An increase in overdoses in the past 24 hours has prompted Island Health to issue an overdose advisory for the Parksville Qualicum Beach region, Nanaimo and the Alberni Valley.
“Since the weekend, particularly the last 48 to 72 hours, we have seen an increase in reports of overdoses and particularly the severity of those overdoses,” said Island Health medical health officer Dr. Paul Hasselback. “That has been focused more in the Nanaimo area but we certainly had events in the Port Alberni area. We believe that given the drug distribution networks that the alert is also being issued for the Nanaimo-Oceanside-Alberni Valley region.”
One fatality is being investigated related to the recent overdoses.
“Unfortunately fatalities tend to be the result of individuals who perhaps weren’t aware Naloxone is available or they were using alone,” Hasselback said.
Hasselback said Island Health has a number of different tracking mechanisms to gain information on overdose spikes.
“The emergency department may notice they’ve seen an increase in overdose activity. They’ll notify us and collectively we have a system in place,” he said. “We also reach out to others like ambulance, police and some other community partners and organizations that work with users and find out what they’re hearing, what they know and what numbers are out there.”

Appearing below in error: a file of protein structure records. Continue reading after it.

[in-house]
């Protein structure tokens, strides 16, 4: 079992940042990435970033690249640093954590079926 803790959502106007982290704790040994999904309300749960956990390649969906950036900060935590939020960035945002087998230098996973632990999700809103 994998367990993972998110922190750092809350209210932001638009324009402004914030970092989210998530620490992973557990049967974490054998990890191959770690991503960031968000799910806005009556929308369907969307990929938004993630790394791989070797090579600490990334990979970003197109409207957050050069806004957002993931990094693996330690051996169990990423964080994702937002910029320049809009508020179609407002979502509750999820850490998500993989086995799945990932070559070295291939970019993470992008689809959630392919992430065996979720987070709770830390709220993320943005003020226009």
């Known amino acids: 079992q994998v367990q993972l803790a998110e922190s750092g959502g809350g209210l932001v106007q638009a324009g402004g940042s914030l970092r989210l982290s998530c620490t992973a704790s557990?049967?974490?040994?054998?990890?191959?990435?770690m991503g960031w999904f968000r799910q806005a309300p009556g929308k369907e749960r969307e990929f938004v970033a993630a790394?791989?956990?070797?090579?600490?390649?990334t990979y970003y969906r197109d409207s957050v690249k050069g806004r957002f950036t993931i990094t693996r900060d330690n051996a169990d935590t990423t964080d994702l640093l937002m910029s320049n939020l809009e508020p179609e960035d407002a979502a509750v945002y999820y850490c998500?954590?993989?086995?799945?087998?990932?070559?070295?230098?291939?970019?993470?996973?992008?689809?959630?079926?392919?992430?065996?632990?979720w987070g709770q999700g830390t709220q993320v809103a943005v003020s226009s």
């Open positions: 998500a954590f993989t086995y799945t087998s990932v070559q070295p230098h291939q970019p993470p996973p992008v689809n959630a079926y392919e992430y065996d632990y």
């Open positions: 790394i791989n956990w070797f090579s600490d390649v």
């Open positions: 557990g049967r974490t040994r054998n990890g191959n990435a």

Hasselback said sometimes an individual can be included in a count more than once if they have more than one overdose.
“It’s not really so much a single number as a qualitative or impression that there’s been an increase,” Hasselback said.
Individuals that have recently acquired medical intervention, Hasselback said, have required more doses of the drug Naloxone, that reverses the effect of an overdose.
“The potency or toxicity of the drug that’s getting distributed is greater than what normal product would entail, so it’s tougher to reverse these overdoses as well,” he said.
Information about the drug causing the overdoses is not yet known, but Hasselback said 85 per cent of the product that’s “out there” that has been associated with overdoses in the last few years, being sold as heroin, has contained fentanyl.
“Fentanyl has become the norm, it’s not an exception,” he said.
The advisory suggests if someone overdoses to call 911 right away, provide rescue breathing and give Naloxone if available.
Island Health offers strategies for safe drug use including use with a friend, carry Naloxone and have an overdose response plan, do a tester first and stagger use with a friend so someone can respond if needed.
“The key message that we try to convey is it’s always good practice when using to never use alone, have someone there that has Naloxone, that’s capable of responding to and overdose and call 911,” Hasselback said.
Overdose prevention sites are available in Nanaimo (Canadian Mental Health Association, 437 Wesley St.) and in Port Alberni (Shelter Outreach Centre, 3699 Third Ave.), but not in the Parksville Qualicum Beach region.
“Even without an overdose prevention site you can take the proper precautions to safely use drugs if you choose to use them,” Hasselback said.